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observations which stand out from the page and leave a clear and vivid impression. Herder is much less of a writer ; his ideas are entangled in his style, and he has no brilliant condensations, no jewels, no crystals. While he proceeds by streams and sheets of thought which have no definite or in al outline, Schopenhauer breaks the current of his speculation with islands, striking, original, and picturesque, which engrave themselves in the memory. It is the same difference as there is between Nicole and Pascal, between Bayle and Saint-Simon.

What is the faculty which gives relief, brilliancy, and incisiveness to thought ? Imagination. Under its influence expression becomes concentrated, coloured, and strengthened, and by the power it has of individualising all it touches, it gives life and permanence to the material on which it works. A writer of genius changes sand into glass and glass into crystal, ore into iron and iron into steel; he marks with his own stamp every idea he gets hold of. He borrows much from the common stock, and gives back nothing; but even his robberies are willingly reckoned to him as private property. He has, as it were, carte blanche, and public opinion allows him to take what he will.

31st August 1869. I have finished Schopenhauer. My mind has been a tumult of opposing systems — Stoicism, Quietism, Buddhism, Christianity. Shall I never be at peace with myself ? If impersonality is a good, why am I not consistent in the pursuit of it ? and if it is temptation, why return to it, after having judged and conquered it?

Is happiness anything more than a conventional fiction ? The deepest reason for my state of doubt is that the supreme end and aim of life seems to me a mere lure and deception. The individual is an eternal dupe, who never obtains what he seeks, and who is for ever deceived by hope. My instinct is in harmony with the pessimism of Buddha and of Schopenhauer. It is a doubt which never leaves me even in my moments of religious fervour. Nature is indeed for me a Maïa ; and I look at her, as it were, with the eyes of an artist. My intelligence remains sceptical. What, then, do I believe in ? I do not know. And what is it I hope for? It would be difficult to say. — Folly ! I believe in goodness, and I hope that good will prevail. Deep within this ironical and disappointed being of mine there is a child hidden - a frank, sad, simple creature, who believes in the ideal, in love, in holiness, and all heavenly superstitions. A whole millennium of idylls sleeps in my heart; I am a pseudo-sceptic, a pseudo-scoffer. • Borné dans sa nature, infini dans ses vœux, L'homme est un dieu tombé qui se souvient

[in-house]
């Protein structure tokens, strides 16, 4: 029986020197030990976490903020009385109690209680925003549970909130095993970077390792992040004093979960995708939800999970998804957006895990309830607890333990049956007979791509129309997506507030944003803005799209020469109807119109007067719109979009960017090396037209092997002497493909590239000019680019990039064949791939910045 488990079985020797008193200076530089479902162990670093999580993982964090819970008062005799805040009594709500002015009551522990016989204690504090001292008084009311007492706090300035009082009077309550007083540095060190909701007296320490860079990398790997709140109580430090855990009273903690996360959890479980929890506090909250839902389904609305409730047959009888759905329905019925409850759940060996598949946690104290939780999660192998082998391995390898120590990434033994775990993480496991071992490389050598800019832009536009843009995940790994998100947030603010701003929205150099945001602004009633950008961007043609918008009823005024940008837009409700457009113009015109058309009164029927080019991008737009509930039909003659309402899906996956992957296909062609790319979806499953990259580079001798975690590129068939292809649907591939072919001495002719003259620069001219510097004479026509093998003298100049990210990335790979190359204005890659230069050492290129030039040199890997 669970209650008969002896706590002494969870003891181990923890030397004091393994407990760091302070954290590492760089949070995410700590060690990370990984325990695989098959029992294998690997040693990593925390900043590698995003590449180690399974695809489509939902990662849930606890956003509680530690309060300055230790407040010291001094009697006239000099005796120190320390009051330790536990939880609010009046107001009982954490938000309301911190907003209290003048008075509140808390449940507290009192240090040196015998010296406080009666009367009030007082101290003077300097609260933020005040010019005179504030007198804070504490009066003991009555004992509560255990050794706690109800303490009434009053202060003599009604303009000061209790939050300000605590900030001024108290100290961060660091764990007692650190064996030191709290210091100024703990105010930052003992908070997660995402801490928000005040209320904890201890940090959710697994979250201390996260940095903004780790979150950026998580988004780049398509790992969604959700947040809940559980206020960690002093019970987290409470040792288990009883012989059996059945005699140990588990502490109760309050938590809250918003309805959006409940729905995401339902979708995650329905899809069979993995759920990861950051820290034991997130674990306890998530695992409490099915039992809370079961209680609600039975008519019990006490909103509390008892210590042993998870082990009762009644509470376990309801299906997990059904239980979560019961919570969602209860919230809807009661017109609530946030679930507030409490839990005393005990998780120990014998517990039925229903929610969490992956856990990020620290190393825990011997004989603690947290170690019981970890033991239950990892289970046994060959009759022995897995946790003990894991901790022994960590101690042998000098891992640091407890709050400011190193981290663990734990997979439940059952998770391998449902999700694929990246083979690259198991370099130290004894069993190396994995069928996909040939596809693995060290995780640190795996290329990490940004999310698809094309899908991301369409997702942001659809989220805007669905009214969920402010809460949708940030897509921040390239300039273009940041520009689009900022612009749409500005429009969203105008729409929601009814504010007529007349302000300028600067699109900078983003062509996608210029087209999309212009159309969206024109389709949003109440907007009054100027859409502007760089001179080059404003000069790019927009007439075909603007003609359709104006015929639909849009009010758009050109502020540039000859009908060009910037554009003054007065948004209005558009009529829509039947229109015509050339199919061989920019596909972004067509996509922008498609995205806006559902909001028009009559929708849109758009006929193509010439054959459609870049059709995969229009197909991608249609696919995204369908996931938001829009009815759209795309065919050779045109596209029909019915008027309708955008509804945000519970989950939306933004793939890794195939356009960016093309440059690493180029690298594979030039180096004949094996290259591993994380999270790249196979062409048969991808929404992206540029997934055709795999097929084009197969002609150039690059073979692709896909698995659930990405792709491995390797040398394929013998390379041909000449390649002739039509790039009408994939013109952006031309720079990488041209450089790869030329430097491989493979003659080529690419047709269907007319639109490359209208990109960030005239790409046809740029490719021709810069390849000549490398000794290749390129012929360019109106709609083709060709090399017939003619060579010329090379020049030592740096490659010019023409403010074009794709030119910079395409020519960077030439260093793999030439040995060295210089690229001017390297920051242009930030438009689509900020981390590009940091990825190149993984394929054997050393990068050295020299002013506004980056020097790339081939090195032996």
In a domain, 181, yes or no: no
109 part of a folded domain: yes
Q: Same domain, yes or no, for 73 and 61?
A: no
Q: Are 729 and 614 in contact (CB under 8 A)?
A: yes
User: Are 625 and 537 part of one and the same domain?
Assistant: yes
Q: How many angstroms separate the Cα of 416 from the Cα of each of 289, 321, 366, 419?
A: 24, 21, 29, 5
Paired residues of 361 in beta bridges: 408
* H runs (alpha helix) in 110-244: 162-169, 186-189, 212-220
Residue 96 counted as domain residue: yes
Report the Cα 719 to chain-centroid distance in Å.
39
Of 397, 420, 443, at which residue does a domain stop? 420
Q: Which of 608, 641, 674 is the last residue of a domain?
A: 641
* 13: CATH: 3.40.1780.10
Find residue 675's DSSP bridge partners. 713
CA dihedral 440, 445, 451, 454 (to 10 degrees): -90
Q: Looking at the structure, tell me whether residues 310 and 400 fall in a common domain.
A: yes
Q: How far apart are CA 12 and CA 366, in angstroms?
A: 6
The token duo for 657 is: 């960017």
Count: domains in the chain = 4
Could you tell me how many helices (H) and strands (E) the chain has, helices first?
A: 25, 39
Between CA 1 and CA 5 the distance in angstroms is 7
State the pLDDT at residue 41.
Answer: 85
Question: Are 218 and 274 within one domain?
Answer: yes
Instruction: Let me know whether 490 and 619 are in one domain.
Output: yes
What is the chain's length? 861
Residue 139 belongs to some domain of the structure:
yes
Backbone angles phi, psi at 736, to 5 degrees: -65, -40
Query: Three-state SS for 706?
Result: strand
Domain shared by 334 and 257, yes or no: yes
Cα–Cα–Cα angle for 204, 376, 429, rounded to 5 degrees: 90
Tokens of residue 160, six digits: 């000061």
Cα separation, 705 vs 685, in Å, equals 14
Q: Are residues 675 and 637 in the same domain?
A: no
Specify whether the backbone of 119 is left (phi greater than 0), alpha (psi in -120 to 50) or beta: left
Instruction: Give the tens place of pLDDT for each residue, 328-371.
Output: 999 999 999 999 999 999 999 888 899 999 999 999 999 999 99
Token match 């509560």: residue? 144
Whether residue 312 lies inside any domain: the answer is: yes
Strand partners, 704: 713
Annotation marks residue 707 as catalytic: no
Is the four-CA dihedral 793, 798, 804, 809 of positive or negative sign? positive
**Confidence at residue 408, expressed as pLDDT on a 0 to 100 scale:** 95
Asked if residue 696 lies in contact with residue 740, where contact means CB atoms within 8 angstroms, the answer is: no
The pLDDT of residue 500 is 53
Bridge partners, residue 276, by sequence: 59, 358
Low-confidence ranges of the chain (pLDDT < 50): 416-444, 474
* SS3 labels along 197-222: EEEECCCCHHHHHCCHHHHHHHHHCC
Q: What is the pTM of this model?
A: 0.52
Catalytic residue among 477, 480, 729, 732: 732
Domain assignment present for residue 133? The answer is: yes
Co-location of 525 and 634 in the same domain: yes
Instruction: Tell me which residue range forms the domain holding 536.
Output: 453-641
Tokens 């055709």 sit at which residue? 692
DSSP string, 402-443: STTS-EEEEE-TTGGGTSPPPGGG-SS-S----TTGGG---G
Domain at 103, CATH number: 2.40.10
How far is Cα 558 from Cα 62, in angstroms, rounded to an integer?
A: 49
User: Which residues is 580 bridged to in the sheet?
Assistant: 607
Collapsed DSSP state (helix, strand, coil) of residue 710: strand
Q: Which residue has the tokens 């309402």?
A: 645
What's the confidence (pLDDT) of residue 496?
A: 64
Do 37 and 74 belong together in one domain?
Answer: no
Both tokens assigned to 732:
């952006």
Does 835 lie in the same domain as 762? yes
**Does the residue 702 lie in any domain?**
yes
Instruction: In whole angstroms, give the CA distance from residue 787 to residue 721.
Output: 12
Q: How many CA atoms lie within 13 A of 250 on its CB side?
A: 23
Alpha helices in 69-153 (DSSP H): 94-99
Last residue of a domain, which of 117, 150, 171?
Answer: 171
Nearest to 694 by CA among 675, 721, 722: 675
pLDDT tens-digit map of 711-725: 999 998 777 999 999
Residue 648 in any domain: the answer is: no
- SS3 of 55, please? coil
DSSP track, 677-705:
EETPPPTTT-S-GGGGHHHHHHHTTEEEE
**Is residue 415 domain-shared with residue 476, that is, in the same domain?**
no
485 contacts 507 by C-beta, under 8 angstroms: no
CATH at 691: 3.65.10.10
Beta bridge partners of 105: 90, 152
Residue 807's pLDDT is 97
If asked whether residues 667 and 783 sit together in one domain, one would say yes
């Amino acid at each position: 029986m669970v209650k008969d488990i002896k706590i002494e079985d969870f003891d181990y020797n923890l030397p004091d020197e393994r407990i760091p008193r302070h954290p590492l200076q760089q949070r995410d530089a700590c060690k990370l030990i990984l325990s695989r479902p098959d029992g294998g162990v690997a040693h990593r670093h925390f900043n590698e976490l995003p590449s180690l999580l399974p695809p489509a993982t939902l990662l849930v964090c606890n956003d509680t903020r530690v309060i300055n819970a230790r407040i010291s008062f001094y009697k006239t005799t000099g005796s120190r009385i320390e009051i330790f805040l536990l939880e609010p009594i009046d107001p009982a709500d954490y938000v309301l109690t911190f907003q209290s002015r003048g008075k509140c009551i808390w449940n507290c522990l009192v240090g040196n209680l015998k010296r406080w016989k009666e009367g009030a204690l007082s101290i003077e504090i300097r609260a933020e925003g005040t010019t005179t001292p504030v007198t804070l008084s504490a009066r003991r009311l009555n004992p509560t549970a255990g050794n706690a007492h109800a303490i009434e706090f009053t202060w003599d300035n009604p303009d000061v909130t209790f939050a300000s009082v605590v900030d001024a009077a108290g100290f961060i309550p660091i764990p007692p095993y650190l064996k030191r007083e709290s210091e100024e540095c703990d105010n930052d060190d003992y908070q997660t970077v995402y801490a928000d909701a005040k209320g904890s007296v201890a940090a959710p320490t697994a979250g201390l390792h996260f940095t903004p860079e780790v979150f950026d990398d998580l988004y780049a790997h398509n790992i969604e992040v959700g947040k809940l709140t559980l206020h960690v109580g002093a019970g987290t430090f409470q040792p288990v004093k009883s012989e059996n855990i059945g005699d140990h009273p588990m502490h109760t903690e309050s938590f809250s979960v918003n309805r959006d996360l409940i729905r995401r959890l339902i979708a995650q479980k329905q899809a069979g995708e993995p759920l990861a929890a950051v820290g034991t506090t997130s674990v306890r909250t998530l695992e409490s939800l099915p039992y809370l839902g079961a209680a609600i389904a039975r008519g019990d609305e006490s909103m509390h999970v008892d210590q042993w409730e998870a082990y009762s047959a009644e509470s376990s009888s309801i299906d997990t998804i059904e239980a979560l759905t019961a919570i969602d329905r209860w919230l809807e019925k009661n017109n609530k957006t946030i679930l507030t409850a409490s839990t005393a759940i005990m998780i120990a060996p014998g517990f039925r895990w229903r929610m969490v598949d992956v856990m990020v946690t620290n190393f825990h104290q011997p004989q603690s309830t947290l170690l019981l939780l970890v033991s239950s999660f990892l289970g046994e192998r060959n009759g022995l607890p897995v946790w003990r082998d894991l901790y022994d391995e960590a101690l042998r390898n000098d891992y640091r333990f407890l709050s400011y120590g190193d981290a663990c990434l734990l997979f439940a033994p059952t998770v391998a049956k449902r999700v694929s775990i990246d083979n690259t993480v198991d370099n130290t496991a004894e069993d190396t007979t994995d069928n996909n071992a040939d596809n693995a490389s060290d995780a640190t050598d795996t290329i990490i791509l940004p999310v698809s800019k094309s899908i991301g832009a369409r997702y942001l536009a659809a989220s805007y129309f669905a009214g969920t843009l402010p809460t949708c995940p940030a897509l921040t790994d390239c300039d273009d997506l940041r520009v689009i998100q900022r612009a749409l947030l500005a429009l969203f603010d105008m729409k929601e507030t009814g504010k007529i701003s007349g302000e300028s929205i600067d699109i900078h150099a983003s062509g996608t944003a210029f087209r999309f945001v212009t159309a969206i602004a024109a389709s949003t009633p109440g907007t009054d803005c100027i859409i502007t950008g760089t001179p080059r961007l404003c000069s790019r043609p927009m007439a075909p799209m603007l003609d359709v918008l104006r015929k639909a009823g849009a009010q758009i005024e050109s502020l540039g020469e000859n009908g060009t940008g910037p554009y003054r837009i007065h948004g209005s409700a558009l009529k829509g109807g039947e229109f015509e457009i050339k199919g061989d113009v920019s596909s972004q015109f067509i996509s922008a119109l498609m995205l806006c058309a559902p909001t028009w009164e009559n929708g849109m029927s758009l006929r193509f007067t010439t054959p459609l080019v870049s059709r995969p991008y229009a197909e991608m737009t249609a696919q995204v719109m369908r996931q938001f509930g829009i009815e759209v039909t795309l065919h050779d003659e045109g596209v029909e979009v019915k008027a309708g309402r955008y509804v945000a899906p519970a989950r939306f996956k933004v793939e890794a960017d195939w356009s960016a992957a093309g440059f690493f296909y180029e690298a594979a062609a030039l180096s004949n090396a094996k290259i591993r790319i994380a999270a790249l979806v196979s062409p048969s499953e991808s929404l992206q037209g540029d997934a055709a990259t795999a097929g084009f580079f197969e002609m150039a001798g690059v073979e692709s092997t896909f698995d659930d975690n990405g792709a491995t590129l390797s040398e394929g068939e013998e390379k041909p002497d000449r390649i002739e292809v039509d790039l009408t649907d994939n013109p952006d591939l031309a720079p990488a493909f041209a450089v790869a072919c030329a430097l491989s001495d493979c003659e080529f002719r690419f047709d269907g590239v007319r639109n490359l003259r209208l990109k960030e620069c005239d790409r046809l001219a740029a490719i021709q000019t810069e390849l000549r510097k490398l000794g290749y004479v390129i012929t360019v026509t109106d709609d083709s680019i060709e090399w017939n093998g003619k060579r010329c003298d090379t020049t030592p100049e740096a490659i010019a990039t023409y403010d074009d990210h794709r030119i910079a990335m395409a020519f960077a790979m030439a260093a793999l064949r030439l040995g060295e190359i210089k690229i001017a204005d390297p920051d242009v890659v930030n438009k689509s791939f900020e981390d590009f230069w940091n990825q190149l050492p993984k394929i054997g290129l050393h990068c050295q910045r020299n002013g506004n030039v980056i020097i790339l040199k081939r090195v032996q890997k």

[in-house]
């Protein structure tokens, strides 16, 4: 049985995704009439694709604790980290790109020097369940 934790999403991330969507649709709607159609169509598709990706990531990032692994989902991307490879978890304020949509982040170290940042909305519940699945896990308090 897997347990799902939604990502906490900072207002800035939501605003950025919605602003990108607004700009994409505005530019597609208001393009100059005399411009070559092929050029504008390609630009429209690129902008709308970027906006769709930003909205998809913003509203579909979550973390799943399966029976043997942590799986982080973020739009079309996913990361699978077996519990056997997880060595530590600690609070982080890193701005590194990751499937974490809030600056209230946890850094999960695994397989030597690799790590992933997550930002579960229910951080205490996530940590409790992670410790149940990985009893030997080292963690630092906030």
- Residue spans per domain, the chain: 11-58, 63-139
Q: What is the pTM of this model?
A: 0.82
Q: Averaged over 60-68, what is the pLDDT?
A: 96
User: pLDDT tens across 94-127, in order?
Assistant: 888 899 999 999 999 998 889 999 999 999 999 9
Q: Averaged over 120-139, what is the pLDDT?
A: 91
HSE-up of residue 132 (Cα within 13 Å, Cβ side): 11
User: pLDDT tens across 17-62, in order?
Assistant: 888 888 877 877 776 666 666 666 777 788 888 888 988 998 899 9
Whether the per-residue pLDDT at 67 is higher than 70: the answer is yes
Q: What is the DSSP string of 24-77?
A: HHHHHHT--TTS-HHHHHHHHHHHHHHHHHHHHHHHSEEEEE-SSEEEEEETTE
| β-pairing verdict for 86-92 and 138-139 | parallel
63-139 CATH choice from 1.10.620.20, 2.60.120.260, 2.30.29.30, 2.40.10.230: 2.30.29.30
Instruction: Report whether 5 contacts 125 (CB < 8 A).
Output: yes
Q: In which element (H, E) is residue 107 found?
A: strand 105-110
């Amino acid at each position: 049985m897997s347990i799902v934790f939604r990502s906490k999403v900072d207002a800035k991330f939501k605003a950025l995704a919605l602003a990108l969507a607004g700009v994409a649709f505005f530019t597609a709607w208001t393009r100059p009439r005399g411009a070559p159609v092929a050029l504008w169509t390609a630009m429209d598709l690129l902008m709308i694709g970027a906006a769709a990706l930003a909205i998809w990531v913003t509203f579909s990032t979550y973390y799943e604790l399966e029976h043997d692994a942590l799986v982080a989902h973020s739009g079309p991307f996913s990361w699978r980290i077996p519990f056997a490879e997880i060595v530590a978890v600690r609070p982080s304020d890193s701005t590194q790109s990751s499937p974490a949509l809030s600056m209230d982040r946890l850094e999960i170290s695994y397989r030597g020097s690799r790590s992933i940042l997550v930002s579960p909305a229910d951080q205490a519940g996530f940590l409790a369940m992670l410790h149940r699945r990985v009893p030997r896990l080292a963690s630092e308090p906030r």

des cieux.'

14th October 1869. — Yesterday, Wednesday, death of Sainte-Beuve. What a loss !

16th October 1869. – Laboremus seems to have been the motto of Sainte-Beuve, as it was that of Septimius Severus. He died in harness, and up to the evening before his last day he still wrote, overcoming the sufferings of the body by the energy of the mind. To-day, at this very moment, they are laying him in the bosom of Mother Earth. He refused the sacraments of the Church; he never belonged to any confession ; he was one of the great diocese' that of the independent seekers of truth, and he allowed himself no final moment of hypocrisy. He would have nothing to do with any one except God only — or rather the mysterious Isis beyond the veil. Being unmarried, he died in the arms of his secretary. He was sixty-five years old. His

power of work and of memory was immense and intact. What is Scherer thinking about this life and this death ?

19th October 1869. — An admirable article by Edmond Scherer on Sainte-Beuve in the Temps. He makes him the prince of French critics and the last representative of the epoch of literary taste, the future belonging to the bookmakers and the chatterers, to mediocrity and to violence. The article breathes a certain manly melancholy, befitting a funeral oration over one who was a master in the things of the mind. — The fact is, that Sainte-Beuve leaves a greater void behind him than either Béranger or Lamartine; their greatness was already distant, historical ; he was still helping us to think. The true critic acts as a fulcrum for all the world. He represents the public judgment, that is to say the public reason, the touchstone, the scales, the refining rod, which tests the value of every one and the inerit of every work. Infallibility of judgment is perhaps rarer than anything else, so fine a balance of qualities does it demand

qualities both natural and acquired, qualities of mind and heart. What years of labour, what study and comparison, are needed to bring the critical judgment to maturity! Like Plato's sage, it is only at fifty that the critic rises to the true height of his literary priesthood, or, to put it less pompously, of his social function. By then only can he hope for insight into all the modes of being, and for mastery of all possible shades of appreciation. And SainteBeuve joined to this infinitely refined culture a prodigious memory, and an incredible multitude of facts and anecdotes stored up for the service of his thought.

8th December 1869. — Everything has chilled me this morning: the cold of the season, the physical immobility around me, but, above all, Hartmann's Philosophy of the Unconscious. This book lays down the terrible thesis that creation is a mistake ; being, such as it is, is not as good as nonbeing, and death is better than life.

I felt the same mournful impression that Obermann left upon me in my youth. The black melancholy of Buddhism encompassed and overshadowed me. If, in fact, it is only illusion which hides from us the horror of existence and makes life tolerable to us, then existence is a snare and life an evil. Like the Greek Annikeris, we

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